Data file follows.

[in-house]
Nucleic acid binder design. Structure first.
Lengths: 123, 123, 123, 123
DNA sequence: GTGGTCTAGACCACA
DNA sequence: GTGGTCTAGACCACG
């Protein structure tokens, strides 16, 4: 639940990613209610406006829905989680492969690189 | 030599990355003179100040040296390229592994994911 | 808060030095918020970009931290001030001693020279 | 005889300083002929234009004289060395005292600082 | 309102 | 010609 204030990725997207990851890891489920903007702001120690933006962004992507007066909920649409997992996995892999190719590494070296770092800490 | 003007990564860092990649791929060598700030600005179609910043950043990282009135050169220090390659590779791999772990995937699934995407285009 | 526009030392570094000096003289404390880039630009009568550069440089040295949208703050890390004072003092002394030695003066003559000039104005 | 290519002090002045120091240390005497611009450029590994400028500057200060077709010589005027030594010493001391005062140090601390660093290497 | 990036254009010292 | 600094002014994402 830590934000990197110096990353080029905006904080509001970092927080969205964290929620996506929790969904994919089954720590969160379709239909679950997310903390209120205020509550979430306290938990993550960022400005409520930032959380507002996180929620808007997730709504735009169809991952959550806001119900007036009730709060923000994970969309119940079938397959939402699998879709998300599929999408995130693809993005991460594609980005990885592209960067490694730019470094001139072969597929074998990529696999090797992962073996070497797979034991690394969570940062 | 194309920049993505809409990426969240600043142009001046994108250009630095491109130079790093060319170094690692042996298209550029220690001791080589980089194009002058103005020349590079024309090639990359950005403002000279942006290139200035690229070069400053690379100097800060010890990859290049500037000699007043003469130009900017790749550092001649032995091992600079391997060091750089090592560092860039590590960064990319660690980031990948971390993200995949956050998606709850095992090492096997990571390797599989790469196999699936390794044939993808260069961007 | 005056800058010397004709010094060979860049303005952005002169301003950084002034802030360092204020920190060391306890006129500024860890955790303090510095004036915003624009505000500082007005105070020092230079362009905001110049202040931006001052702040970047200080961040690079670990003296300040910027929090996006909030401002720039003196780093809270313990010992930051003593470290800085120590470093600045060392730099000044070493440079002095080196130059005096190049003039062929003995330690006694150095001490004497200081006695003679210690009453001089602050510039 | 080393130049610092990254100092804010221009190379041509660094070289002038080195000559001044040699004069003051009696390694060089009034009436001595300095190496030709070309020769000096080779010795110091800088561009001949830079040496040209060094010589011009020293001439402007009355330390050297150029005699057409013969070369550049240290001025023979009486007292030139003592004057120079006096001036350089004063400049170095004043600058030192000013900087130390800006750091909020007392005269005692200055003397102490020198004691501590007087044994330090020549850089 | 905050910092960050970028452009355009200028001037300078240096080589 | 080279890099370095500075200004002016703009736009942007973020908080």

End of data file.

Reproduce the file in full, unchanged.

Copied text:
[in-house]
Nucleic acid binder design. Structure first.
Lengths: 123, 123, 123, 123
DNA sequence: GTGGTCTAGACCACA
DNA sequence: GTGGTCTAGACCACG
């Protein structure tokens, strides 16, 4: 639940990613209610406006829905989680492969690189 | 030599990355003179100040040296390229592994994911 | 808060030095918020970009931290001030001693020279 | 005889300083002929234009004289060395005292600082 | 309102 | 010609 204030990725997207990851890891489920903007702001120690933006962004992507007066909920649409997992996995892999190719590494070296770092800490 | 003007990564860092990649791929060598700030600005179609910043950043990282009135050169220090390659590779791999772990995937699934995407285009 | 526009030392570094000096003289404390880039630009009568550069440089040295949208703050890390004072003092002394030695003066003559000039104005 | 290519002090002045120091240390005497611009450029590994400028500057200060077709010589005027030594010493001391005062140090601390660093290497 | 990036254009010292 | 600094002014994402 830590934000990197110096990353080029905006904080509001970092927080969205964290929620996506929790969904994919089954720590969160379709239909679950997310903390209120205020509550979430306290938990993550960022400005409520930032959380507002996180929620808007997730709504735009169809991952959550806001119900007036009730709060923000994970969309119940079938397959939402699998879709998300599929999408995130693809993005991460594609980005990885592209960067490694730019470094001139072969597929074998990529696999090797992962073996070497797979034991690394969570940062 | 194309920049993505809409990426969240600043142009001046994108250009630095491109130079790093060319170094690692042996298209550029220690001791080589980089194009002058103005020349590079024309090639990359950005403002000279942006290139200035690229070069400053690379100097800060010890990859290049500037000699007043003469130009900017790749550092001649032995091992600079391997060091750089090592560092860039590590960064990319660690980031990948971390993200995949956050998606709850095992090492096997990571390797599989790469196999699936390794044939993808260069961007 | 005056800058010397004709010094060979860049303005952005002169301003950084002034802030360092204020920190060391306890006129500024860890955790303090510095004036915003624009505000500082007005105070020092230079362009905001110049202040931006001052702040970047200080961040690079670990003296300040910027929090996006909030401002720039003196780093809270313990010992930051003593470290800085120590470093600045060392730099000044070493440079002095080196130059005096190049003039062929003995330690006694150095001490004497200081006695003679210690009453001089602050510039 | 080393130049610092990254100092804010221009190379041509660094070289002038080195000559001044040699004069003051009696390694060089009034009436001595300095190496030709070309020769000096080779010795110091800088561009001949830079040496040209060094010589011009020293001439402007009355330390050297150029005699057409013969070369550049240290001025023979009486007292030139003592004057120079006096001036350089004063400049170095004043600058030192000013900087130390800006750091909020007392005269005692200055003397102490020198004691501590007087044994330090020549850089 | 905050910092960050970028452009355009200028001037300078240096080589 | 080279890099370095500075200004002016703009736009942007973020908080």